There is a large and somewhat contrived dessert list which is a hit-or-miss proposition. The simpler ones, such as the caramelized upside down pear tart and the biscotti with vino santo, hit. Others, like a positively weird coffee zabaglione and a misplaced melon mousse with kiwi sauce, miss.

The service is erratic, too, despite Signore Molfetta's efforts to be a gracious host. (He often treats his customers to shots of grappa at the bar.) One evening, I had a highly solicitous waiter who hailed from somewhere in Sicily. On another, I got stuck with someone who looked and sounded totally perplexed throughout the evening. Maybe there was a full moon that night.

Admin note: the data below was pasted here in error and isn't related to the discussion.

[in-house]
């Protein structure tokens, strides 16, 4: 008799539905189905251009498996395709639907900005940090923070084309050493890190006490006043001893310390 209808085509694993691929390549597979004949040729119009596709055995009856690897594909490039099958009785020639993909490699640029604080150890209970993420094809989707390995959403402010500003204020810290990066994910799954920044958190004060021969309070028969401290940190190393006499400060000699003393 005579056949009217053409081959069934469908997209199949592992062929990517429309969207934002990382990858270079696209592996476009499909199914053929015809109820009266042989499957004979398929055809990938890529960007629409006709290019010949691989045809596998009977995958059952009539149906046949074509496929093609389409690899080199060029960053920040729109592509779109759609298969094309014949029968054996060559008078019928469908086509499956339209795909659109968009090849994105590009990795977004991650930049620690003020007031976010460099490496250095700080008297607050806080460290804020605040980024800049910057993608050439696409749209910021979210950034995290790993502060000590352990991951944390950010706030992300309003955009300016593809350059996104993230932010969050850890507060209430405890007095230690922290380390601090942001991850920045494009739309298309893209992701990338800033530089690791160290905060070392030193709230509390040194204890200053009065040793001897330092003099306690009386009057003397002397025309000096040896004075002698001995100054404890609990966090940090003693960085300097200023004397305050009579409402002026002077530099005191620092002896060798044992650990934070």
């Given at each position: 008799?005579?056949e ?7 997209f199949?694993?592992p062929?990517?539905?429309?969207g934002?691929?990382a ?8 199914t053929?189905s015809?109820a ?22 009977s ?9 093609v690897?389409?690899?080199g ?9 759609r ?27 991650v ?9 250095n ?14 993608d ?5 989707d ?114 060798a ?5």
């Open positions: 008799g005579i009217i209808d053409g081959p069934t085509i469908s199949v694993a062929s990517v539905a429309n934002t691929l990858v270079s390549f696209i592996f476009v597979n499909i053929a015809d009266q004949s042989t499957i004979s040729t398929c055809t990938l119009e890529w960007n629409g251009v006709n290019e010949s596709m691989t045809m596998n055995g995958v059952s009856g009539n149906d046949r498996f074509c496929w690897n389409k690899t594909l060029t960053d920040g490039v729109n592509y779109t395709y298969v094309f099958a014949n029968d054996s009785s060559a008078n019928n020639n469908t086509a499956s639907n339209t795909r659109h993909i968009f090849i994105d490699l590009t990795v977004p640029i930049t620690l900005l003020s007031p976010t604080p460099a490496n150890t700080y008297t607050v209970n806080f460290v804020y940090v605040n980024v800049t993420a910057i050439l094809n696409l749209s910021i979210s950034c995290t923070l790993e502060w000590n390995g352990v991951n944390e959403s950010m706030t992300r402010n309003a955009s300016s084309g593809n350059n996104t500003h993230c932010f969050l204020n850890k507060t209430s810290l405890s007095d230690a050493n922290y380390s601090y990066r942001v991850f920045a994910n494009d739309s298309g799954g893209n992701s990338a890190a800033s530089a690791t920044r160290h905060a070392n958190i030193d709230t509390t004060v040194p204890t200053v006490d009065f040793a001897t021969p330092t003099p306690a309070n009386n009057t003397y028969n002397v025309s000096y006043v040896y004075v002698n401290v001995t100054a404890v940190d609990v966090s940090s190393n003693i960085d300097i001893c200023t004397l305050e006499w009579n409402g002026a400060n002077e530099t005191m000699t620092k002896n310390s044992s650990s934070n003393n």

Mezzaluna is moderately expensive. Antipasti are $6.50 to $12. Primi piatti are $5 to 14. Griglia are $14 to $20. There is a very pleasant wine list with some excellent, low-priced Italian wines. Among the whites, try a bone-dry Arneis Ceretto for $27. Among the reds, enjoy the eminently drinkable Dolcetto d'Alba from Bruno Giacosa at $21.

MEZZALUNA

2441 E. Coast Hwy., Corona del Mar.

(714) 675-2004.

Open for lunch Monday through Friday, 11:30 a.m. to 3 p.m.; for dinner daily, 5 to midnight

American Express, MasterCard and Visa accepted.